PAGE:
Young people are increasingly turning to Facebook to mourn the loss of a loved one and to continue to ‘connect’ with the deceased’s digital profile.
The break in traditional mourning habits, where young people grieve online rather than at the graveside, is a phenomenon that can lead to trauma for the mourner if the posthumous digital profile is taken down, according to a counselling psychologist, Dr Elaine Kasket.
Having conducted extensive research on death in the digital age, Dr Kasket said Facebook was effectively “the world’s largest cemetery”, warehousing “thousands and thousands” of profiles of the dead and many of these have become “major sites” where mourners go to continue to post messages to the deceased.
“When people who were active on Facebook die, they leave behind a digital representation, including conversations with friends and photographs that is extraordinarily vivid, a much more vivid experience then visiting the cemetery which does not have the same resonance,” said Dr Kasket.
“It’s an absolutely massive change in how people interact with memory and the deceased.”
In fact, young people’s reliance on Facebook as a “conduit to connect with a community of mourners” was often such that when a family took a decision to have a posthumous profile removed, it could lead to considerable psychological and emotional trauma for friends who wished to maintain a continuing bond, said Dr Kasket.
Based on her own research, Dr Kasket does not believe families should have the final say in removing the profile of a deceased relative, as they could simply chose not to visit the site.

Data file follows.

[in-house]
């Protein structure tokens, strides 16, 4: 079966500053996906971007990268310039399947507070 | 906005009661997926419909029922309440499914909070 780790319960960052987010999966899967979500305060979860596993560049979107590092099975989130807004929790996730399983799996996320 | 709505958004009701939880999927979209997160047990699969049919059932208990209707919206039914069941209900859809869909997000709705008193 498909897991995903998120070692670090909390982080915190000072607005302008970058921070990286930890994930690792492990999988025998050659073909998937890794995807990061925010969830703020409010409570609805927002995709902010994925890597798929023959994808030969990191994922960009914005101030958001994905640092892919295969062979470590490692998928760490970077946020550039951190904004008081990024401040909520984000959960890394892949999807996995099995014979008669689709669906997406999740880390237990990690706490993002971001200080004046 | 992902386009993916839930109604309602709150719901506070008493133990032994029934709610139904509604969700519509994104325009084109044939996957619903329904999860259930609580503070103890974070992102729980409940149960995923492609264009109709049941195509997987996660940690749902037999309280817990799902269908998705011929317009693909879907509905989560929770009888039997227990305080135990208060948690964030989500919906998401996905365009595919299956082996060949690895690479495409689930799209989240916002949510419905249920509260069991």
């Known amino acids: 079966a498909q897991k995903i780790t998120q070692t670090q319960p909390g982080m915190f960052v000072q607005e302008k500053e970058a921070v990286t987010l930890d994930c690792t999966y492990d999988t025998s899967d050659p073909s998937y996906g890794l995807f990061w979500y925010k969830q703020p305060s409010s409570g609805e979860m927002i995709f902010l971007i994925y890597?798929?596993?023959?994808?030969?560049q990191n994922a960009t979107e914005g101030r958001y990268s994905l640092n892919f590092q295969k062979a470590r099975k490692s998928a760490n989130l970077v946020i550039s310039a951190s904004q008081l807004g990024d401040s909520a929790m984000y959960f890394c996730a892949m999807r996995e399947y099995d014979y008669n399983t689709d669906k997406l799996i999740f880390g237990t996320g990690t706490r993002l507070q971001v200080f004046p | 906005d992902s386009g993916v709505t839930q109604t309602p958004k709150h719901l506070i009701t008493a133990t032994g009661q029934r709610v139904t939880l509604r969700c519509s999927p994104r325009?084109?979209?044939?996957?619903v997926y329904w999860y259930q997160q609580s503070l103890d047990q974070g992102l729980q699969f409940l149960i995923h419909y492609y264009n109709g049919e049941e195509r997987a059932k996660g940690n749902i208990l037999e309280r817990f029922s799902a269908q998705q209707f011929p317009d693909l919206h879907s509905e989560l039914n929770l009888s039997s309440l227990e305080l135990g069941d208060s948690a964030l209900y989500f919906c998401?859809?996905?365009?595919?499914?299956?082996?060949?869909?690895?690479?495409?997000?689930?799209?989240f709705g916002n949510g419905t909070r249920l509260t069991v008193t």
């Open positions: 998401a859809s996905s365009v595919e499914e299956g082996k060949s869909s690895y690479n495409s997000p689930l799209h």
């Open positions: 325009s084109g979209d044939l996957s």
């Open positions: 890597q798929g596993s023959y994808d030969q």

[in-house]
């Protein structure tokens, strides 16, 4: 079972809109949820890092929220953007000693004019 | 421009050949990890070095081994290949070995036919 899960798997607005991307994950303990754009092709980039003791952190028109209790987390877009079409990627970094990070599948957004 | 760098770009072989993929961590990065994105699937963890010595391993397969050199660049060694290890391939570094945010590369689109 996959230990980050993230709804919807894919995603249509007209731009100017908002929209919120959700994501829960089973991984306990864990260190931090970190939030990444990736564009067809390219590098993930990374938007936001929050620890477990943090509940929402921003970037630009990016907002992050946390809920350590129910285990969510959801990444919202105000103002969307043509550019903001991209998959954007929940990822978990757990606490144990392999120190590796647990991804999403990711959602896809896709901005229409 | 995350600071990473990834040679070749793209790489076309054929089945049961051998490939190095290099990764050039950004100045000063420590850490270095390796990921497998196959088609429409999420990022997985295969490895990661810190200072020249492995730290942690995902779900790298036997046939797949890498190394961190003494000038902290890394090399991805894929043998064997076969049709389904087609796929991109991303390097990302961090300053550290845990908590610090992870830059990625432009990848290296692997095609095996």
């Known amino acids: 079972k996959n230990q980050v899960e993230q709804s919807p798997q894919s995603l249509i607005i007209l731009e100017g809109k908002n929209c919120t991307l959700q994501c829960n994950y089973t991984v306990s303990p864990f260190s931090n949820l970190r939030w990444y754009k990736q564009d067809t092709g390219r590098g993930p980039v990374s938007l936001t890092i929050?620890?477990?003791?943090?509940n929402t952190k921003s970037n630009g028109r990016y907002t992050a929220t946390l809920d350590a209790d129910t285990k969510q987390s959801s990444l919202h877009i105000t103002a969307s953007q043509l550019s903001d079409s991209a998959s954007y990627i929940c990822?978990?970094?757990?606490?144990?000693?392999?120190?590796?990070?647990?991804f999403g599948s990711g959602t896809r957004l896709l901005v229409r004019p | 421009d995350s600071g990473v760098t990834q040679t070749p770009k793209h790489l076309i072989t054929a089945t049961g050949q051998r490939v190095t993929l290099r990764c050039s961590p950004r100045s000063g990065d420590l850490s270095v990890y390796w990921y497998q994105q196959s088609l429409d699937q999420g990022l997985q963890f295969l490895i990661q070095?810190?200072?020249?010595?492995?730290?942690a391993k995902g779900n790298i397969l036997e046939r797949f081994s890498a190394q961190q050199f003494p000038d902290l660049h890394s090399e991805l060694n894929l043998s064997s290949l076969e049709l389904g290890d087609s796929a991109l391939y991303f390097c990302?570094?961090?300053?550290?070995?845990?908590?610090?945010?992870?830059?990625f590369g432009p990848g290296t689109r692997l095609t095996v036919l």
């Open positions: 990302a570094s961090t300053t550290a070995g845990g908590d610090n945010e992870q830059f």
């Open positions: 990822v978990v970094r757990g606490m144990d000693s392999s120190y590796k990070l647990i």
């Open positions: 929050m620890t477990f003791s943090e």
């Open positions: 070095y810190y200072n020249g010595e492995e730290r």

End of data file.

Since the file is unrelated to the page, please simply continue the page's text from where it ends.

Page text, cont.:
“A Facebook site is co-constructed between you and a community of friends — when a family member successfully petitions to remove a deceased individual’s profile, they can then be said to be infringing on the rights of other mourners,” said Dr Kasket.
This included constitutional rights of freedom of expression and legal rights such as copyright, she added.
The lecturer at Regent’s University in London said there were “no sign of additional pathological problems” in those who use Facebook to grieve.
However, she said bereavement counsellors needed to be aware of the role social networking sites now played in the grieving process.
Bereavement therapist Bríd Carroll, chairwoman of the Irish Childhood Bereavement Network, said some of the young people coming to her were “going onto Facebook straight away, in the aftermath of tragedies” and often took comfort from the messages of support from friends.
But, she warned, because there is no emotional regulation, “you could actually create a grief monster, fuelled by people adding and adding to a profile”.
She said the most important support for a child in the aftermath of a death was strong family support, and not “a script of silence”.
Both Ms Carroll and Dr Kasket will speak tomorrow at the first Irish Childhood Bereavement Network conference in Dublin Castle, which starts at 9.30am.
- For more details go to childhoodbereavement.ie
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